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Xi takes China's helm with many tough challenges

Friday - 11/16/2012, 1:06pm  ET

New Communist Party General Secretary Xi Jinping clap hands during a press event to introduce the newly-elected members of the Politburo Standing Committee at Beijing's Great Hall of the People Thursday Nov. 15, 2012. The seven-member Standing Committee, the inner circle of Chinese political power, was paraded in front of assembled media on the first day following the end of the 18th Communist Party Congress. (AP Photo/Vincent Yu)

CHARLES HUTZLER
Associated Press

BEIJING (AP) -- Long-anointed successor Xi Jinping assumes the leadership of China at a time when the ruling Communist Party is confronting slower economic growth, a public clamor to end corruption and demands for change that threaten its hold on power.

The country's political elite named Xi to the top party post on Thursday, and unexpectedly put him in charge of the military too, after a weeklong party congress and months of divisive bargaining.

The appointments give him broad authority, but not the luxury of time. After decades of juggernaut growth, China sits on the cusp of global pre-eminence as the second largest economy and newest power, but it also has urgent domestic troubles that could frustrate its rise.

Problems that have long festered -- from the sputtering economy to friction with the U.S. and territorial spats with Japan and other neighbors -- have worsened in recent months as the leadership focused on the power transfer. Impatience has grown among entrepreneurs, others in the new middle class and migrant workers -- all wired by social media and conditioned by two decades of rising living standards to expect better government, if not democracy.

All along, police have continued to harass and jail a lengthening list of political foes, dissidents, civil rights lawyers and labor activists.

Two young Tibetans died Thursday after setting themselves ablaze in far west China, Radio Free Asia said, in the latest of dozens of suicide protests over Beijing's handling of its Tibetan regions.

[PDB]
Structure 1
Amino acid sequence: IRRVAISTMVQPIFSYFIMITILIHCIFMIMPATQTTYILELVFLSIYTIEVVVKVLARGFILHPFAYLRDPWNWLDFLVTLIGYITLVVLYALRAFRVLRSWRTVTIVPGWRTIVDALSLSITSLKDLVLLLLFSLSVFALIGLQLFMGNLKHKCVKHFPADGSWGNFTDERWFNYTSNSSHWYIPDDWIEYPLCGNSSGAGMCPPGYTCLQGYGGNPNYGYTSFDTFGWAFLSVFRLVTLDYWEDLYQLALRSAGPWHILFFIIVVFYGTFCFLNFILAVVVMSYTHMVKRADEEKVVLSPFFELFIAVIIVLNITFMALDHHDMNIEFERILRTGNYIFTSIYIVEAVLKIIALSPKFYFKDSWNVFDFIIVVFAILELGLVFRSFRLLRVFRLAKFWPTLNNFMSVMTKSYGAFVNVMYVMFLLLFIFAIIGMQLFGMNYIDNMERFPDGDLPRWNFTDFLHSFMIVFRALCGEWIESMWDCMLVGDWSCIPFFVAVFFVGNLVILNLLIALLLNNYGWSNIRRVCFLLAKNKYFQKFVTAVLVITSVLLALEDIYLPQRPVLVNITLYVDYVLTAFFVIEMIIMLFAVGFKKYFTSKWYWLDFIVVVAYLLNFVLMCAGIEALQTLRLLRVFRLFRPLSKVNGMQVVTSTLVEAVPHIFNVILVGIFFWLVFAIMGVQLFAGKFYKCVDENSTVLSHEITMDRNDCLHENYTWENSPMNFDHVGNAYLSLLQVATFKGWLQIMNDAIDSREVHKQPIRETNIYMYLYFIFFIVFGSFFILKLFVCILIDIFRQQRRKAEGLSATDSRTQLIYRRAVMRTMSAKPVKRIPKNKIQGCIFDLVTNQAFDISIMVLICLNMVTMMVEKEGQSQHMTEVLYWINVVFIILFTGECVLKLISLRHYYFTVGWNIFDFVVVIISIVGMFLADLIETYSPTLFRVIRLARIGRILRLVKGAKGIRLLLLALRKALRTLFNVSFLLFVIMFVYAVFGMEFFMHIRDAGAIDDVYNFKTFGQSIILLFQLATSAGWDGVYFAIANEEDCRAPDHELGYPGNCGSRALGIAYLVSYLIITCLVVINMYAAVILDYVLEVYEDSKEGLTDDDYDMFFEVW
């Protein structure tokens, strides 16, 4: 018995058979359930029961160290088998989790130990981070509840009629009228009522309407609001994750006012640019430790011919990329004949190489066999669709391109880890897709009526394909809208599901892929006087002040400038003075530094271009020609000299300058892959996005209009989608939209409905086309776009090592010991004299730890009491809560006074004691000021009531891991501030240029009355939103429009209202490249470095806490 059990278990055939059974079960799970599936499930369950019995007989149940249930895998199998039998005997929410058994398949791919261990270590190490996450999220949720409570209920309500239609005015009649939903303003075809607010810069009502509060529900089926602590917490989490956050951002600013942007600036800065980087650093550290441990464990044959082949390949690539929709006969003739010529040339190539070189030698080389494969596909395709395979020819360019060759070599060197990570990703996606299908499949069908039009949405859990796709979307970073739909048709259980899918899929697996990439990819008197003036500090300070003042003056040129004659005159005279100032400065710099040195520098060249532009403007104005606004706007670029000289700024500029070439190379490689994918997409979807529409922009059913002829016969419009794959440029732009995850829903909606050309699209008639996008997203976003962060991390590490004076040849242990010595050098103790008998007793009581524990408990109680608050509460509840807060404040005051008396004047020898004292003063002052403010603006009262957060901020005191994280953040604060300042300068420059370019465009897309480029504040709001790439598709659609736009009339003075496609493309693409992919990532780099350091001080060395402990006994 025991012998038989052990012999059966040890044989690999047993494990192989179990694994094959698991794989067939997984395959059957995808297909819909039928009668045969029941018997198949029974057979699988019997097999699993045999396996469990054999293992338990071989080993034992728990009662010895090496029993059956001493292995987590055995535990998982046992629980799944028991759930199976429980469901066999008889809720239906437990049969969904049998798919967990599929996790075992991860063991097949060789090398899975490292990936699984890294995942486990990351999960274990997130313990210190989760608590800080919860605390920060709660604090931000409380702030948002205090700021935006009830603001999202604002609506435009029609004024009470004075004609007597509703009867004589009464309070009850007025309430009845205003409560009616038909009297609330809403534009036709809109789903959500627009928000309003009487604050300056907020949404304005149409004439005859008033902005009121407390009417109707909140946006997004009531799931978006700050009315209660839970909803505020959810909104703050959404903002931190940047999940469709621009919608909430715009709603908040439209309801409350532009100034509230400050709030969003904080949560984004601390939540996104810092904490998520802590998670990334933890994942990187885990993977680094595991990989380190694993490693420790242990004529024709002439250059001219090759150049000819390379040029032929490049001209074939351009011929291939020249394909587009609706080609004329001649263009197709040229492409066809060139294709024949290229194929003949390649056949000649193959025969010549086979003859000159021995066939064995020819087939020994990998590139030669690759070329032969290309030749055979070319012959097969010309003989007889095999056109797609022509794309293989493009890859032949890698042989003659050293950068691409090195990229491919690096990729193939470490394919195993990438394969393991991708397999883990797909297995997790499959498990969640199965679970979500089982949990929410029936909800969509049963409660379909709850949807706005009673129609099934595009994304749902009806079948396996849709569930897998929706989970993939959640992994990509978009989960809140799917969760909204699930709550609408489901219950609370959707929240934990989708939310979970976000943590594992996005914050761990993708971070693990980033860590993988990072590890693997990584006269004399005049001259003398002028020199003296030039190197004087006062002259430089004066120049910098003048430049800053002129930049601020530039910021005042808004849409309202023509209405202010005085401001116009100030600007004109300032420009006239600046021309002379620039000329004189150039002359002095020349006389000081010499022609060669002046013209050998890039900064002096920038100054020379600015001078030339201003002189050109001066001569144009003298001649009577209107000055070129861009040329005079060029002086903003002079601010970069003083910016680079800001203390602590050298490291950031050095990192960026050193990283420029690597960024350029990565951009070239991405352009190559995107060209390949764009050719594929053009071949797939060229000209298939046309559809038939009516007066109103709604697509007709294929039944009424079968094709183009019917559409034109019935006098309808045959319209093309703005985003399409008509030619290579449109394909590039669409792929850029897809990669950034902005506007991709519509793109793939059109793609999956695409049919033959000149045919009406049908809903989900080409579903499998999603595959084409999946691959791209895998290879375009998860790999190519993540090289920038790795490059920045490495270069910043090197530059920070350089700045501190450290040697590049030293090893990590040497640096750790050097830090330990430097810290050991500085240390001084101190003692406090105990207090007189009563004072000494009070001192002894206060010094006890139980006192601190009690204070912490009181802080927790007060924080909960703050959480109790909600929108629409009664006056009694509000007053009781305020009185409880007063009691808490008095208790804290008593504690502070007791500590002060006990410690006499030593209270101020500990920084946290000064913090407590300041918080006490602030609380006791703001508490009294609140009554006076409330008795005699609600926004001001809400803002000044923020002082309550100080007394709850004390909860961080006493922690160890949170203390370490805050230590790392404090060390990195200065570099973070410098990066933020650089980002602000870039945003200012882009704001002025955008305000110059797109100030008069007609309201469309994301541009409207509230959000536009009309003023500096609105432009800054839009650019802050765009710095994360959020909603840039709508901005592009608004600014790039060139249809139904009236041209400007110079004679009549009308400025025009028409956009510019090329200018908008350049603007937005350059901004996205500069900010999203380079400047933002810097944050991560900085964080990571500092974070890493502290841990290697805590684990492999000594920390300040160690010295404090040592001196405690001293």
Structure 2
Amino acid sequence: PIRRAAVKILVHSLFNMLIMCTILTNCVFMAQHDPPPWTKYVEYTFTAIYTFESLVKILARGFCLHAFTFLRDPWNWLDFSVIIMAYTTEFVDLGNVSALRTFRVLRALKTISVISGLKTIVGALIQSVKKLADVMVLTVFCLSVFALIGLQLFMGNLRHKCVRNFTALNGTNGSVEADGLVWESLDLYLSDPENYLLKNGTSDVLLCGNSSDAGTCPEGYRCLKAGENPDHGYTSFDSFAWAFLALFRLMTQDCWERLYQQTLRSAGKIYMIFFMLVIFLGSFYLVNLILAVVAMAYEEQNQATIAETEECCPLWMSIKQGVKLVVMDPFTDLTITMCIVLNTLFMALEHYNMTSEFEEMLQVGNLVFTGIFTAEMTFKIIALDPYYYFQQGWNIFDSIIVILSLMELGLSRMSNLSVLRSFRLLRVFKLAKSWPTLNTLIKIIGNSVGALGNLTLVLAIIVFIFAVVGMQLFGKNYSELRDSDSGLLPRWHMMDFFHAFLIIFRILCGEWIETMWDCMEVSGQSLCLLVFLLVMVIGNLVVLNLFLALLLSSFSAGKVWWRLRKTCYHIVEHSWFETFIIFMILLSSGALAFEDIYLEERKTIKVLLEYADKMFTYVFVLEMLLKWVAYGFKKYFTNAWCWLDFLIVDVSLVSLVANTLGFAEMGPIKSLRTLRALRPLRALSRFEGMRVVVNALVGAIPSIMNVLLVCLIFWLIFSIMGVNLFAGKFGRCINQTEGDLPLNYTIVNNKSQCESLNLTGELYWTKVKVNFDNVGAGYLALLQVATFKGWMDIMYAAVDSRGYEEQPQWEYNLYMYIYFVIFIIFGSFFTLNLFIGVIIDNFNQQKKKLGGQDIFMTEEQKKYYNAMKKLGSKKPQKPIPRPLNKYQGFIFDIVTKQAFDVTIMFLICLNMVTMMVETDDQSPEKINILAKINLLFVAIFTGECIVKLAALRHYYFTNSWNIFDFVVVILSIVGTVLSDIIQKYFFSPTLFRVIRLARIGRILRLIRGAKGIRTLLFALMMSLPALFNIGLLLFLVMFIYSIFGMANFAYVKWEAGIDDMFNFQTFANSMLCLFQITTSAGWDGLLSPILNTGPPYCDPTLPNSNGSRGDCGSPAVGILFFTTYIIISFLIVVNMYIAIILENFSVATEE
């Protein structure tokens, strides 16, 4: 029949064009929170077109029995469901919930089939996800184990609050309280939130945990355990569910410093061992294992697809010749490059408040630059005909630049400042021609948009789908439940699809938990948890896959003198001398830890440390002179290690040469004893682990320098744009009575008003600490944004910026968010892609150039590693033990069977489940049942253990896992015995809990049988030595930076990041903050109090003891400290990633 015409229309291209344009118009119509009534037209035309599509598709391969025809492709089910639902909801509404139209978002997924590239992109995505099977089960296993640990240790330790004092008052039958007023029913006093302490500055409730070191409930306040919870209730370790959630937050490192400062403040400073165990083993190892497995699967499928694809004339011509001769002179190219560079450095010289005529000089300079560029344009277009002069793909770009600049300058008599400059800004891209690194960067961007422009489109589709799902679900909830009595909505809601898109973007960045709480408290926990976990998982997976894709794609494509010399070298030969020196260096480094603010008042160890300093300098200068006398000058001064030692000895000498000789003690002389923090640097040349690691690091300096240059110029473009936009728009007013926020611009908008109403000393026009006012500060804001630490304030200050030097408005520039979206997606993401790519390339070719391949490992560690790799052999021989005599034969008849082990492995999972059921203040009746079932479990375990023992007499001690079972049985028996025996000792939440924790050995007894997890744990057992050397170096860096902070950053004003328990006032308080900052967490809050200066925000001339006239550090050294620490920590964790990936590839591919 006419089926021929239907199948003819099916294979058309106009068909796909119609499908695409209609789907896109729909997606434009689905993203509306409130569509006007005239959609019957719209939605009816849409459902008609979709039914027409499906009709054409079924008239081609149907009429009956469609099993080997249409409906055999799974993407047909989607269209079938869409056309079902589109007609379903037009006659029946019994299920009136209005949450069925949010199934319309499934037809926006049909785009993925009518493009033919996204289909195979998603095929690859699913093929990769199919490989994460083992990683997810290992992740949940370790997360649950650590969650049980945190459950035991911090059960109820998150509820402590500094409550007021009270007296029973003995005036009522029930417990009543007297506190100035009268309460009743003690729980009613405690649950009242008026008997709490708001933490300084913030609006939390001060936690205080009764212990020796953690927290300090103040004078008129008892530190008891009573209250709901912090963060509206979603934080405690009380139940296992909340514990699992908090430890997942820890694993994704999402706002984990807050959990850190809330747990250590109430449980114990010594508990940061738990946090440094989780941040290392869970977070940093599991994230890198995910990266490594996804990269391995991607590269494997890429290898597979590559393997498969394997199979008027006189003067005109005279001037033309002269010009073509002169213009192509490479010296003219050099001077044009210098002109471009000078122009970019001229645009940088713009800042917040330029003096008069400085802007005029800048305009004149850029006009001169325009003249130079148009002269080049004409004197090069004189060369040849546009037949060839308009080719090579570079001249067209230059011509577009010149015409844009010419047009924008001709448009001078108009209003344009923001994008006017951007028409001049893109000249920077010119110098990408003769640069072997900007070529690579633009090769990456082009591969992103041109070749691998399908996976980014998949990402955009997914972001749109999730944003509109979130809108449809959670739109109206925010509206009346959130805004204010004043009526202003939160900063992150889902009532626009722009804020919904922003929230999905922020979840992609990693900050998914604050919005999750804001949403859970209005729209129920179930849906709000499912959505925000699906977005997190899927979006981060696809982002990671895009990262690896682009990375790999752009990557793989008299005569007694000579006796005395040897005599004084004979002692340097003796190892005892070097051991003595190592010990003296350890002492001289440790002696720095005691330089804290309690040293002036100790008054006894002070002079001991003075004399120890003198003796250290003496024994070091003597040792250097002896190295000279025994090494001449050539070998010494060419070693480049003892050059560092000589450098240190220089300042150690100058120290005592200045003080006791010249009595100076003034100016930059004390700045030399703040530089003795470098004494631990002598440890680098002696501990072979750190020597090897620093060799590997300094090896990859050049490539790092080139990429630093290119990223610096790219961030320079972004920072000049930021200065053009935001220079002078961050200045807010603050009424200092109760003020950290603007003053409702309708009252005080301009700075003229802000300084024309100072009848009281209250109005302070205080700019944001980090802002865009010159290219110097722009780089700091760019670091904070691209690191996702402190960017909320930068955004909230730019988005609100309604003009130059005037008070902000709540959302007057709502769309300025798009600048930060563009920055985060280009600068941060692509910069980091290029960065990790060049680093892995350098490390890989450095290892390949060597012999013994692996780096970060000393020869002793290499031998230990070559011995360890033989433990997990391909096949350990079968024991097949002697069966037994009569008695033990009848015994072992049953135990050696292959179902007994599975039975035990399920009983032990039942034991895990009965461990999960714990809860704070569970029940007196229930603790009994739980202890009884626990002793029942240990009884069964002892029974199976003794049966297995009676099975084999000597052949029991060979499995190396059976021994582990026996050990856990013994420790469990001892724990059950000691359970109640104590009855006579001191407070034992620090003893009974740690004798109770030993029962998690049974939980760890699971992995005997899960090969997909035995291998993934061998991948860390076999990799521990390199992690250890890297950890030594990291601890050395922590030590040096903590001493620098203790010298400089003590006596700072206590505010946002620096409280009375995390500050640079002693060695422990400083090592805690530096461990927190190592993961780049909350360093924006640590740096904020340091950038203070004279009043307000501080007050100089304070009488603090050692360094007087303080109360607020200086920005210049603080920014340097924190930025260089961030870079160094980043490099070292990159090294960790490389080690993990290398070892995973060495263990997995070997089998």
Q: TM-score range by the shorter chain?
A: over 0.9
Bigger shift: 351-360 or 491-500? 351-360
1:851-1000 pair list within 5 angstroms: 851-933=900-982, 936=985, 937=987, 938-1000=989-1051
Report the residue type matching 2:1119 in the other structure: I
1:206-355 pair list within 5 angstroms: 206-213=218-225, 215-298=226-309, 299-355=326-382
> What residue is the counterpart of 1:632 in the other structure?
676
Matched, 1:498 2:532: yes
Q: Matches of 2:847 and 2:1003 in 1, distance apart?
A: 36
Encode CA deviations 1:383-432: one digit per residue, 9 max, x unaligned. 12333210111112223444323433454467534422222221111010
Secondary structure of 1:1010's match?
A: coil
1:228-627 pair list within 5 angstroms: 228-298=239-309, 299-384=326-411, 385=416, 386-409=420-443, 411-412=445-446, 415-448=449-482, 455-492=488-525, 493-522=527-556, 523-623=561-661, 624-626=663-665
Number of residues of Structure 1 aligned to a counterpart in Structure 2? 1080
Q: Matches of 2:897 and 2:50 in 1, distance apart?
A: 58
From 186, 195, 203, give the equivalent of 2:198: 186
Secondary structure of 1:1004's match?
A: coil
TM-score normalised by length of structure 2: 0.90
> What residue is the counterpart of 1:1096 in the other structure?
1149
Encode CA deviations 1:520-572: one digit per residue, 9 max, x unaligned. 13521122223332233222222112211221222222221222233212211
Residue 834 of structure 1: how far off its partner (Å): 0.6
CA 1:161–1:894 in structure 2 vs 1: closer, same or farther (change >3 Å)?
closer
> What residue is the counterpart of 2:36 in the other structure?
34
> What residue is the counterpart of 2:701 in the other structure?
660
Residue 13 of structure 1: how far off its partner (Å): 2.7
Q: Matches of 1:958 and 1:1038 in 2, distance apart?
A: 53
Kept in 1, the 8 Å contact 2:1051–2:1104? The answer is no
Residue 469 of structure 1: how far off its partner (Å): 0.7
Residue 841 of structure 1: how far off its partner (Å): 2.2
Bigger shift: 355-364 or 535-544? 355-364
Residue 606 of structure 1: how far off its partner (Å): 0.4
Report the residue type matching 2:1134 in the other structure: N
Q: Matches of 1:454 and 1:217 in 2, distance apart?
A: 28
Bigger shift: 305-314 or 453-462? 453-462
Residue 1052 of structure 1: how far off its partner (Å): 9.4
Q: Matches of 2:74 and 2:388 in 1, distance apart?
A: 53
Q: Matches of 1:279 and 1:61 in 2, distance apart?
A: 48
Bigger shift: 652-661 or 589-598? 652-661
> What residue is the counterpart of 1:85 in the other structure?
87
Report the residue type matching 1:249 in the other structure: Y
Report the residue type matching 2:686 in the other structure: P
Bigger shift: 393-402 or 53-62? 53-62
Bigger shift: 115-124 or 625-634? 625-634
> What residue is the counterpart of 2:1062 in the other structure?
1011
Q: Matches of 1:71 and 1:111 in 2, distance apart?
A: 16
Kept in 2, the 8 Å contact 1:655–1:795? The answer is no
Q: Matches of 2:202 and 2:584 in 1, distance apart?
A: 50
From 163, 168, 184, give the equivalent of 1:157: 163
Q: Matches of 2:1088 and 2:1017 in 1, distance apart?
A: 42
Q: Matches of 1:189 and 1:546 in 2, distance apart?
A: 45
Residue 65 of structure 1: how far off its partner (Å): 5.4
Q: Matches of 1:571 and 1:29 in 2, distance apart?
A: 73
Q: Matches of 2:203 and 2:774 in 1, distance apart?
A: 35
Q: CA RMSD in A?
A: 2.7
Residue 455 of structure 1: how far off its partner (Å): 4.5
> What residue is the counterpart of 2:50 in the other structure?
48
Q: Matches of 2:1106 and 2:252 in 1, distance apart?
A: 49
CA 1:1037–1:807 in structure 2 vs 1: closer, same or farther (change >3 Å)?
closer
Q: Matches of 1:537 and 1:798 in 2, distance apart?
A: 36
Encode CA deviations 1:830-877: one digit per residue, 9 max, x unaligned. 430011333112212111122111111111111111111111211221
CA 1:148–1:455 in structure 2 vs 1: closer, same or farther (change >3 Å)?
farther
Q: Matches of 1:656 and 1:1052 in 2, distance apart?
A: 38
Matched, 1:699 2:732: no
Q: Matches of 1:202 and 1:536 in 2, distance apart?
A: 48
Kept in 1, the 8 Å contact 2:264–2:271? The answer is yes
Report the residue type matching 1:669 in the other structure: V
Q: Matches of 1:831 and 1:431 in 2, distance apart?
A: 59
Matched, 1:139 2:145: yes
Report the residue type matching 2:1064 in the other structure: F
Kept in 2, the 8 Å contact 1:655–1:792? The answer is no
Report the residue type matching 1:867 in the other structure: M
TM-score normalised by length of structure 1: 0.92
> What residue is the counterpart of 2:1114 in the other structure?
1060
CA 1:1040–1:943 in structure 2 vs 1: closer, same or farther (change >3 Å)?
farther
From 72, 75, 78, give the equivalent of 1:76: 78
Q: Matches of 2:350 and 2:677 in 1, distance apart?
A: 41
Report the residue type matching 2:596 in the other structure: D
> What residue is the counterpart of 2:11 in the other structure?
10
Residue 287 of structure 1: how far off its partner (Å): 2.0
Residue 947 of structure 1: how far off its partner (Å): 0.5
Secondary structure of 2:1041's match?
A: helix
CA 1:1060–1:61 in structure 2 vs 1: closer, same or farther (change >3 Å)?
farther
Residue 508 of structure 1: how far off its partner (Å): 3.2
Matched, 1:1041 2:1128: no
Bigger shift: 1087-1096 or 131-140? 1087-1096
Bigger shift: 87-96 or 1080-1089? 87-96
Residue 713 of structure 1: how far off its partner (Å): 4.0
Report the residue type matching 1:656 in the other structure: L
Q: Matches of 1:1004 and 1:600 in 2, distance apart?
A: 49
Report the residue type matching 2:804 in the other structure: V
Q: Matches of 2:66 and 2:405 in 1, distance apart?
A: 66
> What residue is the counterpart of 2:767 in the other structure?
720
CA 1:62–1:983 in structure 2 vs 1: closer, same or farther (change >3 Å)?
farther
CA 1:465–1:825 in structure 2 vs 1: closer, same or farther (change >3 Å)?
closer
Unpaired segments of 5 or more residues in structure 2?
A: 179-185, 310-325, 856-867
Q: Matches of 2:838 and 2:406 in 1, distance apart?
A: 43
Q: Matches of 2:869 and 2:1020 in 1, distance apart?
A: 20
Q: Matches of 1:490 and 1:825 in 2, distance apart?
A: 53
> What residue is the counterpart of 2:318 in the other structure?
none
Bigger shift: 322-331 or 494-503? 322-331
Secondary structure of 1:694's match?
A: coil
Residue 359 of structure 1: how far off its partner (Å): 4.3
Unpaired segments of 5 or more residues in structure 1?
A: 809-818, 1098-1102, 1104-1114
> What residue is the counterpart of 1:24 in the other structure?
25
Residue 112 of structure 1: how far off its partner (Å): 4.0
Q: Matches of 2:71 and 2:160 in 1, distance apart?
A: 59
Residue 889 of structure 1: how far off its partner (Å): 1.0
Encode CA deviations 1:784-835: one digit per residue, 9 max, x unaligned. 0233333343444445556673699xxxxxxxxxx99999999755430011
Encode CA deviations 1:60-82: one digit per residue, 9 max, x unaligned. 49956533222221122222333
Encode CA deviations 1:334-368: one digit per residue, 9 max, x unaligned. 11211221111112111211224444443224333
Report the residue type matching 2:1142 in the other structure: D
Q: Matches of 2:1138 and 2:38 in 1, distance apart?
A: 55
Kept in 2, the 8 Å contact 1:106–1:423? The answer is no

In his first address to the nation, Xi, a 59-year-old son of a revolutionary hero, acknowledged the lengthy agenda for what should be the first of two five-year terms in office. He promised to deliver better social services while making sure China stands tall in the world and the party continues to rule.

"Our responsibility now is to rally and lead the entire party and the people of all ethnic groups in China in taking over the historic baton and in making continued efforts to achieve the great renewal of the Chinese nation," a confident Xi said in nationally televised remarks in the Great Hall of the People.

He later said "we are not complacent, and we will never rest on our laurels" in confronting challenges -- corruption chief among them.

By his side stood the six other newly appointed members of the Politburo Standing Committee: Li Keqiang, the presumptive premier and chief economic official; Vice Premier Zhang Dejiang; Shanghai party secretary Yu Zhengsheng; propaganda chief Liu Yunshan; Tianjin party secretary Zhang Gaoli; and Vice Premier Wang Qishan, once the leadership's top troubleshooter who will head the party's internal watchdog panel.

Xi gave no hint of new thinking to address the problems. The lack of specifics and the new leadership heavy with conservative technocrats deflated expectations for change in some quarters.

"We should be expecting more of the same, not some fundamental break from the past," said Dali Yang of the University of Chicago.

Fundamental for the leadership is to maintain the party's rule, he said. "They are not interested in introducing China's Gorbachev" -- the Soviet leader whose reforms hastened the end of the Soviet Union -- Yang said.

Many of the challenges Xi confronts are legacies of his predecessor, Hu Jintao. In addition to relinquishing his role as party chief, having reached the two-term maximum, Hu also stepped down from the party commission that oversees the military. The move is a break from the past in which exiting party leaders kept hold of the military portfolio for several years.

During Hu's 10 years in office, policies to open up China to trade and foreign investment begun by his predecessors gathered momentum, turning China into a manufacturing powerhouse and drawing tens of millions of rural migrants into cities. Easy credit fueled a building boom, the Beijing Olympics and the world's longest high-speed rail network. At the same time, Hu relied on an ever-larger security apparatus to suppress protests, even as demonstrations continued to rise.

"More and more citizens are beginning to awaken to their rights and they are constantly asking for political reform," said rights activist Hu Jia, who has previously been jailed for campaigning for AIDS patients and orphans. "The Communist Party does not have legitimacy. It is a party of dictatorship that uses violence to obtain political power. What we need now is for this country's people to have the right to choose who they are governed by."

Chief among the problems Xi and his team will have to tackle is the economy. Though Hu pledged more balanced development, inequality has risen and housing costs have soared. Over the past year, the economy has flagged, dragged down by anemic demand in Europe and the U.S. for Chinese products and an overhang from excessive lending for factories and infrastructure.

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